Results for the forum.xls (186.0 KB, 6497 views)
#7
February 5th, 2009, 01:01 AM
 PrinceDragon Senior Member Join Date: Dec 2008 Posts: 214

Matt:
Wish you luck and have fun with whatever you decide to do in your future

P.D.
#8
February 5th, 2009, 08:22 AM
 iCountNTrack ChemMeister Join Date: Oct 2008 Posts: 780

Quote:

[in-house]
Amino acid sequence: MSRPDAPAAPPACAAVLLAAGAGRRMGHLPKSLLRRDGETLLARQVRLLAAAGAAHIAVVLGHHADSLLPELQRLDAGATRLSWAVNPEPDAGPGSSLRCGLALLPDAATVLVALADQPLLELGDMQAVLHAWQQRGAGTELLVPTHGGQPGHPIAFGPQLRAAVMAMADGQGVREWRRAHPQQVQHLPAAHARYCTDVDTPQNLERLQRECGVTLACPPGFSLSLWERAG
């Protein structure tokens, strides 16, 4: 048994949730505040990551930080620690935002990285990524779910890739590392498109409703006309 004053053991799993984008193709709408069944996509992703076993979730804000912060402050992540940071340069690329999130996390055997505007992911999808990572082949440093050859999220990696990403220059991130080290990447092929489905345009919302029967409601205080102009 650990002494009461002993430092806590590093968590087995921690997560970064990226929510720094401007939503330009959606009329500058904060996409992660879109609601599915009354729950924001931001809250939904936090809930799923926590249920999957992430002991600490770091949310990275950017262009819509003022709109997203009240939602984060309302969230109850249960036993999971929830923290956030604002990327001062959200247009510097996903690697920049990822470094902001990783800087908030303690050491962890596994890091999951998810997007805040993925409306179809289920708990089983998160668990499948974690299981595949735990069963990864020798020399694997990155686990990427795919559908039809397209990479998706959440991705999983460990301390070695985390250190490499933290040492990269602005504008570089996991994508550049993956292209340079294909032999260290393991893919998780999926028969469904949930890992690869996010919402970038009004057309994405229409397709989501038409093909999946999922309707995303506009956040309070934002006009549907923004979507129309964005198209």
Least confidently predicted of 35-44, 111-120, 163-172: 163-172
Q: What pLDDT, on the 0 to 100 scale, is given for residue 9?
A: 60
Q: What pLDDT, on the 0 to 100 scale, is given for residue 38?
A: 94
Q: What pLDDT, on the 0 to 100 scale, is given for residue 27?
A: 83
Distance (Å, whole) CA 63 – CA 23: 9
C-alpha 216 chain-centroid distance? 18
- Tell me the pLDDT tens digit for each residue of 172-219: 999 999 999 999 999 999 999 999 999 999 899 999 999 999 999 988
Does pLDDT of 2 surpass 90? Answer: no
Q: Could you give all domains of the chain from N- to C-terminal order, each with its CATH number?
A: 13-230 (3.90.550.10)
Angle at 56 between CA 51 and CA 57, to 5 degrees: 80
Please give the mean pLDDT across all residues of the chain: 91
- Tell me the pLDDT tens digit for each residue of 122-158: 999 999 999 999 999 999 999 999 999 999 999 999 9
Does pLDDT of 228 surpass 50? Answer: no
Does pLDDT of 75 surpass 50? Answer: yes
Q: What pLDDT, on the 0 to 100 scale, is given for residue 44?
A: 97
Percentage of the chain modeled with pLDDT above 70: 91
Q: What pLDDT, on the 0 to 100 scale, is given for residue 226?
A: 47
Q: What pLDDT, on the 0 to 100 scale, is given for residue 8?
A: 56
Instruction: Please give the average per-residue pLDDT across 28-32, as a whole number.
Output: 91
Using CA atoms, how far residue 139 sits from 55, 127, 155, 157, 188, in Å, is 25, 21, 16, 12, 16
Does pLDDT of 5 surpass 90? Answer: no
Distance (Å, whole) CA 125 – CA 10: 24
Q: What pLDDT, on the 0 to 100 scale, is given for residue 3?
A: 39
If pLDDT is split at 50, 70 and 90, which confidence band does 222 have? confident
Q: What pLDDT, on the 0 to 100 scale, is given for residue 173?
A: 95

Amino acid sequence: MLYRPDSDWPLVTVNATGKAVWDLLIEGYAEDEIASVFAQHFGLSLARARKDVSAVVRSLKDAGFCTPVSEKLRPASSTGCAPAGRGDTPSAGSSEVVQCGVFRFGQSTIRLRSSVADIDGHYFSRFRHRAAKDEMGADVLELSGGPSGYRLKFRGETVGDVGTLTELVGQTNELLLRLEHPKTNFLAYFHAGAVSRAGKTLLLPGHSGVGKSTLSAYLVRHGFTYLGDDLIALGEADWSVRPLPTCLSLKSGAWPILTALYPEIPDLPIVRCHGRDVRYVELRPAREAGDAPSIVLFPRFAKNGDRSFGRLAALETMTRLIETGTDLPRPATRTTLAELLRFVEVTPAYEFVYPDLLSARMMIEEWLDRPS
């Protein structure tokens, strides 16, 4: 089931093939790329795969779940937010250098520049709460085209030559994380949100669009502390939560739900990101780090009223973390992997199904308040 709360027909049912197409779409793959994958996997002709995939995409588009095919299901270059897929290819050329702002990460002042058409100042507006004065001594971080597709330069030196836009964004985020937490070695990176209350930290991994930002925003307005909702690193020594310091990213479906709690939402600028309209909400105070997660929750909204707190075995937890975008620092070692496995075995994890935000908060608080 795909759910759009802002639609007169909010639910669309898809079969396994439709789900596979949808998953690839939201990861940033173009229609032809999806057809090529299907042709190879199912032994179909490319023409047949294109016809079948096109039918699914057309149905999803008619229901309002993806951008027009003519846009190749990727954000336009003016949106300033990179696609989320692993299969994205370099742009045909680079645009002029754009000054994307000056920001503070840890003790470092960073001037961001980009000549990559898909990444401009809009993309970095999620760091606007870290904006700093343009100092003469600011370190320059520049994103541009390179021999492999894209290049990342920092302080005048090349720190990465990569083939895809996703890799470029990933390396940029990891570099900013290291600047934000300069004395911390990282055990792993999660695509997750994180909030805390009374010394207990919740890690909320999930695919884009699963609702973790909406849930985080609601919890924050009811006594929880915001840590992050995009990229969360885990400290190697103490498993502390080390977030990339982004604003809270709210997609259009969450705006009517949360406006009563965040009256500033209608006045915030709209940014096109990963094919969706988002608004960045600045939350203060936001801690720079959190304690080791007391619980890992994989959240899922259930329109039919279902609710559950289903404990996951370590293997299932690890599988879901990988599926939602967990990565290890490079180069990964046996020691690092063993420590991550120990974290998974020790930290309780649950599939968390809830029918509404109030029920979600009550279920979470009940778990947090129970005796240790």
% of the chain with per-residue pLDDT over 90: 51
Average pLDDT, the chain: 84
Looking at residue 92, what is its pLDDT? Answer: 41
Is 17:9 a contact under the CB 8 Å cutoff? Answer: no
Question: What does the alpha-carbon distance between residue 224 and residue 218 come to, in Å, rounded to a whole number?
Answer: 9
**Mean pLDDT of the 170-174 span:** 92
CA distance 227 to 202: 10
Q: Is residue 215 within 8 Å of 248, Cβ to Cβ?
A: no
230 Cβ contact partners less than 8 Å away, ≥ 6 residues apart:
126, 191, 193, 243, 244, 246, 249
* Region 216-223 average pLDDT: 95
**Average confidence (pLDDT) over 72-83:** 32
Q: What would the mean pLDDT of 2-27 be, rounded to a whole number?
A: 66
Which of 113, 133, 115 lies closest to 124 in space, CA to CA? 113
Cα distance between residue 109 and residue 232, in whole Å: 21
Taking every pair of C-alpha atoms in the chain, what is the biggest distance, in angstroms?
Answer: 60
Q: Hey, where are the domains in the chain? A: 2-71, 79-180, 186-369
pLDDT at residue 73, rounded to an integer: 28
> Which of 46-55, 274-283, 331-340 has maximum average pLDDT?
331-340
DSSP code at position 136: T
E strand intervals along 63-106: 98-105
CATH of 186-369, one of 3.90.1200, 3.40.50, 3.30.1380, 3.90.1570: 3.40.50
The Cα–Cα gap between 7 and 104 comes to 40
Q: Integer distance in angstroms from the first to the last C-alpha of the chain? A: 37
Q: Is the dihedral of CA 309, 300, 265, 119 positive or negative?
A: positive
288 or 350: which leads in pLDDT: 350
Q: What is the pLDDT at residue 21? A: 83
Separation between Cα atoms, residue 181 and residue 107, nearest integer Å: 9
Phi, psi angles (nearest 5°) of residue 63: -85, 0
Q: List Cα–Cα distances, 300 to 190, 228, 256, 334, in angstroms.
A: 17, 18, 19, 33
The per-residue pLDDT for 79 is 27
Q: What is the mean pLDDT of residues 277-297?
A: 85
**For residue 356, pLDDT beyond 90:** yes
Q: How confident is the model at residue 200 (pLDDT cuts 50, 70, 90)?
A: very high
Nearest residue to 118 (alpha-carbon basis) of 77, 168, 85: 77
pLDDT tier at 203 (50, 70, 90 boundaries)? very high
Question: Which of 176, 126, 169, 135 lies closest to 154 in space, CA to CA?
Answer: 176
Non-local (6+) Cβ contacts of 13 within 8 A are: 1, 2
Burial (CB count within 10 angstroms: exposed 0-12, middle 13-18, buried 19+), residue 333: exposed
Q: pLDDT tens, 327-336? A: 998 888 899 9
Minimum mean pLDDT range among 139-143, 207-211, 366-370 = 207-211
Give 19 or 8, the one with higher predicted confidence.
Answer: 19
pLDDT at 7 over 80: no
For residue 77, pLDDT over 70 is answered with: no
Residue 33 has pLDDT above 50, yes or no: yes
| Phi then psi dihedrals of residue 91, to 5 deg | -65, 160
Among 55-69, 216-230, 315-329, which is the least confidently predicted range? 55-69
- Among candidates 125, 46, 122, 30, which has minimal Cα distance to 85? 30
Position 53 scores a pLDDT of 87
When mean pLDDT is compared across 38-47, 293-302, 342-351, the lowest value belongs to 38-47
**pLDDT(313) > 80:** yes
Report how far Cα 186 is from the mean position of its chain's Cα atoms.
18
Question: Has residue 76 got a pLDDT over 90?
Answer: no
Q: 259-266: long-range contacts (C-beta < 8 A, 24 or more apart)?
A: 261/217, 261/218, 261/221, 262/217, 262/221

Originally Posted by matt21 Hi everyone, i introduced myself to counting just over a year ago and spent just over 400 hours counting last year, as well as maybe another 200 hours of practicing, studying and mathematical modelling. I have now decided to stop my venture into this, as there are more profitable ventures for me to pursue! I found this forum very very helpful in my journey and wanted to say thanks to all of those who were willing to share some of their knowledge. For people starting out in counting I thought I would post my conclusions for stopping: Conclusions 1. It is definitely possible to make money by counting cards. The requirements are that the player completes some study and practice, has a sufficient bankroll and finds good playing conditions. 1.5 units per hour is a good aim. But this doesnt allow for travel time or travel costs! 2. Some people will be better suited to card counting than others. People with a good memory, good and fast basic mathematical skills, and who have a great discipline and persistence will be better suited to counting. 3. In terms of bankroll, multiply your standard bet by 1,000 to determine your required bankroll. Thus if you are looking to make \$7.50 an hour then you require a \$5 unit and a \$5,000 bankroll. For \$75/hour a \$50,000 roll and for \$150/hr a \$100,000 bankroll. 4. Preferrably card counters should be living in places where there are numerous casinos within easy travel distance - this reduces travel costs and allows the player to play for more hours across a range of casinos every week. 5. If you are planning to use a large bankroll, say \$100k or more, then BJ is not such a good business proposition because it is difficult to consistently clock up large amounts of playing hours without getting barred. 6. Card counting is really only beneficial over the long-run – i.e. hundreds or thousand of playing hours – only then can the player virtually expect to make money. 7. Card counting can be seen as a “last resort” type if there is an abundance of free time with little else productive to do. 8. A lot can be learned from card-counting – probability & statistics theory, understanding of EV, standard deviations, probability models – understanding of long-run expectancy – much of this can be applied in other games of chance or in the financial markets 9. Additionally card counters will learn patience, persistence, memory, chit-chat skills and will have a lot of fun too. 10. Possible opportunities to increase returns are forming black-jack teams and learning more advanced card techniques. 11. A surprising potential "cost" of counting is the impact on the player’s personal life. Over the year of my counting career I found that many of my friendships suffered – partly because I was playing during times when I would have spent time with my friends, and secondly because I was being secretive about something that was quickly becoming a large part of my life. So whilst I am up some 600+ units after 400+ hours of counting, I am quitting while I am ahead. Good luck to you all out there!!